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After a lot of guess work, I think can try and answer what I think might be your question. First, note that at maturity the forward equals the spot: $F_T^T = S_T$ so I am not sure what you mean by "forward price strike". I think you mean that your have forward prices of calls and puts. If you chose a model for your index $S$ and the rates, then the ...

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It depends on how close your strike is to the forward (at expiry). Lets say you have an option which is expiring in a week, the forward will be close to the spot. Hence an out of the money strike for such as option will be closer to the at the money for an option expiring in 6 months (where the forward is pretty far from the spot).

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Quick answer, doing it with 5th grade math ^^: Assuming Forward = Spot = 50 for a 10% move = 5: Call: 55 / (1 + x) = 50 -> x = 10% Put: 45 * (1 + x) = 50 -> x = 11.11...% So the Call/Put ratio equaling (10% / 11.11...%) = .9 -> Premium -> 10% (1 - .9) ... I am only 13 years old so don't hate if I'm wrong :D

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The intrinsic value is $70 -$60. However, we don't know exactly what the stock price will end up in a one-year time. But we know that it it is the best estimate for the future price in one-year. Profit in one-year = ($70 * 1/D -$60) where D is the discount factor. This profit needs to be discounted: $70 -$60 * D. You should be able to relate the ...

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You need to see the deals on these options and/or have deep knowledge of how these prices are marked to be able to have a better model. First thing first, I believe that the prices that you see are usually either "marked" (set) by one or several treaders, or they are the prices on last transaction before the close of the market/first transaction of the day ...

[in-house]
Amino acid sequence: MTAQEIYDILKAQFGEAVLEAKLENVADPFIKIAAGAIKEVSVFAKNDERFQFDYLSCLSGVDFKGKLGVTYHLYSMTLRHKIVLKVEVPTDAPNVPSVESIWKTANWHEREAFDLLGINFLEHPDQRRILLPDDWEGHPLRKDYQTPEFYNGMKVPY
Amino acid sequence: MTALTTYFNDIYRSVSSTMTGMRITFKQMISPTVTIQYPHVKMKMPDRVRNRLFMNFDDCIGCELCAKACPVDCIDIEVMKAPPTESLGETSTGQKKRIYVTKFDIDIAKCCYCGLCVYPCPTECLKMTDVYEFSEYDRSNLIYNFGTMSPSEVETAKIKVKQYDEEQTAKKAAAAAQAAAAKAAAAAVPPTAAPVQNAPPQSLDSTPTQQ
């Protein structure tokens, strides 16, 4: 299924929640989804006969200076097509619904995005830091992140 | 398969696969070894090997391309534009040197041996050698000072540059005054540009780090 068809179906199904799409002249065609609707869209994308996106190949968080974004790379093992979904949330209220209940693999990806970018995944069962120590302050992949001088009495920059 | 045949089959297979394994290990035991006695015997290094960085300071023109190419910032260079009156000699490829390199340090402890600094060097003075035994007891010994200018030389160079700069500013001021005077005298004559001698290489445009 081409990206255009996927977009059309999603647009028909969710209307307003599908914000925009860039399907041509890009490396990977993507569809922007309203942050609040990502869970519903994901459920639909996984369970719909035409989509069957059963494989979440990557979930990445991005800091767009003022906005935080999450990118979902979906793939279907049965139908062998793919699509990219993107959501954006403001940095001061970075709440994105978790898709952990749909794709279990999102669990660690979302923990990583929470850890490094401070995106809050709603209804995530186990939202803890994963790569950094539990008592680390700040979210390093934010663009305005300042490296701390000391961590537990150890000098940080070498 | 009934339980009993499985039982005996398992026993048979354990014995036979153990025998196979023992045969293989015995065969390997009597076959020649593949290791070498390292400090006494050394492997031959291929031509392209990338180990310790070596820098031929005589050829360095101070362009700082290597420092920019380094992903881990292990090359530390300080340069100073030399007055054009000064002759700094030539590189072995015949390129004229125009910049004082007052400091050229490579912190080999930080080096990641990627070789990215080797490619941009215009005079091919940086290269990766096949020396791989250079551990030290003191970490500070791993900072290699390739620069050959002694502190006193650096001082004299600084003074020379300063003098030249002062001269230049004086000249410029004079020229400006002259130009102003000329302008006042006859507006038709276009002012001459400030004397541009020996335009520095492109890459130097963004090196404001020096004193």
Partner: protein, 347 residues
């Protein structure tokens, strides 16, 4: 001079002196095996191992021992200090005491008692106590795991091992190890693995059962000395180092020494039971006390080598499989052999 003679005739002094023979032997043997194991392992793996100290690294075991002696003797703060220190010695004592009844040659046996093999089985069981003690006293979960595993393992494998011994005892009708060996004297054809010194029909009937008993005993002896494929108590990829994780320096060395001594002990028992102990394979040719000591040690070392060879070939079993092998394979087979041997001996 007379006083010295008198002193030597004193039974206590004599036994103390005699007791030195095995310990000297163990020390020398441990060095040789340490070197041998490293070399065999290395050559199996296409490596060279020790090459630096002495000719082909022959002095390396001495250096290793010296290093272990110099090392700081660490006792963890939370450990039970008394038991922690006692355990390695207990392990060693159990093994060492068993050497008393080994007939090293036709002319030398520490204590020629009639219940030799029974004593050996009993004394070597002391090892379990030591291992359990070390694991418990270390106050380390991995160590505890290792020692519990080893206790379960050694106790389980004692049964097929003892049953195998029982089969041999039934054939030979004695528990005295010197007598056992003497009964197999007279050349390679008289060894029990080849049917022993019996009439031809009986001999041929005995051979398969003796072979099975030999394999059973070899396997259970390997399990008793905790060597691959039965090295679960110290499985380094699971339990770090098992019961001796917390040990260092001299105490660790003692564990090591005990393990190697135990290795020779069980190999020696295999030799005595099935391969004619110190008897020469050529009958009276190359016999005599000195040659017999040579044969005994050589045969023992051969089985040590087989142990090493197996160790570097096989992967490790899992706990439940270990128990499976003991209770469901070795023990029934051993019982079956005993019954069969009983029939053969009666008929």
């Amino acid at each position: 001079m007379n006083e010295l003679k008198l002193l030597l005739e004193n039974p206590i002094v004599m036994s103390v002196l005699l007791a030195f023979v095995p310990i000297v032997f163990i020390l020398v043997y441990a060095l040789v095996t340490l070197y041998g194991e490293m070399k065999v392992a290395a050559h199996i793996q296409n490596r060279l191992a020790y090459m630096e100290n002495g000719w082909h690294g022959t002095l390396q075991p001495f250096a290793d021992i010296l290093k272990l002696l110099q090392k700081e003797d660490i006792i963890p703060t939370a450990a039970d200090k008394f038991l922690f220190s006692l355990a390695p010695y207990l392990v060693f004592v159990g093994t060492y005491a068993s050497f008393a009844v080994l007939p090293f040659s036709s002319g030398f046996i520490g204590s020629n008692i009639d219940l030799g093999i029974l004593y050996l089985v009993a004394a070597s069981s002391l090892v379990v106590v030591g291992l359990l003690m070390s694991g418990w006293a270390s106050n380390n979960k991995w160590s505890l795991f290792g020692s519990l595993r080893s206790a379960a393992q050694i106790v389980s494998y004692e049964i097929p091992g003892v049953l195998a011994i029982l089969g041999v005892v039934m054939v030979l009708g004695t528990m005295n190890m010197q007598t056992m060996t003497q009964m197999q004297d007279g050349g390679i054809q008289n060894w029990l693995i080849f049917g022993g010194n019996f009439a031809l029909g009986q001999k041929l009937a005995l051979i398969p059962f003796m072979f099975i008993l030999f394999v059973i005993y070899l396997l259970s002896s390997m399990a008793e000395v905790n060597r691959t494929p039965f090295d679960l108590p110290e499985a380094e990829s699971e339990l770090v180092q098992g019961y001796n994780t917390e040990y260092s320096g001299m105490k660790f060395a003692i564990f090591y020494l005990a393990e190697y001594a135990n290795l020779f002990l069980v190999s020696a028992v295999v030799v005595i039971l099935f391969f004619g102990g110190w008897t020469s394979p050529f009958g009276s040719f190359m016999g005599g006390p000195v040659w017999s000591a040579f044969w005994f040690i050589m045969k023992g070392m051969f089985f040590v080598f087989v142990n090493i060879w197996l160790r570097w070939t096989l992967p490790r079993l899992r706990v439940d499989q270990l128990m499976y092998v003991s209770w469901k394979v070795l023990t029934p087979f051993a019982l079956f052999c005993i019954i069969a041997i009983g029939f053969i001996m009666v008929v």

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I don't think you will find any data on that. Asian option are OTC traded, and embedded in contracts between 2 parties.

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In the link you provided, by noting the construction of array p[], p0 and p1 are respectively the discounted $\texttt{down}$ and $\texttt{up}$ probabilities. Since $d=\frac{1}{u}$, then \begin{align*} p0 &= e^{-r \Delta T}\, \frac{u-e^{(r-q)\Delta T}}{u-d}\\ &= \frac{\big(u\,e^{-r \Delta T} -e^{-q\Delta T}\big)u }{u^2-1}, \end{align*} and ...

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Is the option perpetual? If so, the $C=1/H$ answer looks suspicious and $C=1$ is more plausible for the reasons detailed below. If $C<1$, you borrow \$$C, buy the option, wait until the underlying hits the barrier, receive \1 payout, repay the \$$C$debt (we have assumed 0 interest) and pocket the difference. Similarly, if$C>1$then one can ... 3 This option is a perpetual one touch option. Its price depends on the model used; additional assumptions are required to get a model-independent price. Let us first consider 3 important example models for stock price$S$. Constant:$S(t) \equiv 1.$There is$0$probability that the perpetual one touch pays off, so its price is$0.$Black-Scholes:$S$... 0 Consider a portfolio where I sell$\frac{1}{H}\$ in stock and use that to buy an option. This is a 0 cost portfolio. When I hit the barrier the price of this portfolio is also 0. Law of one price would suggest that this portfolio should be zero cost at all times. So the price of the option at any time must be $$C_t = \frac{1}{H}*S_t$$ Also, the option ...

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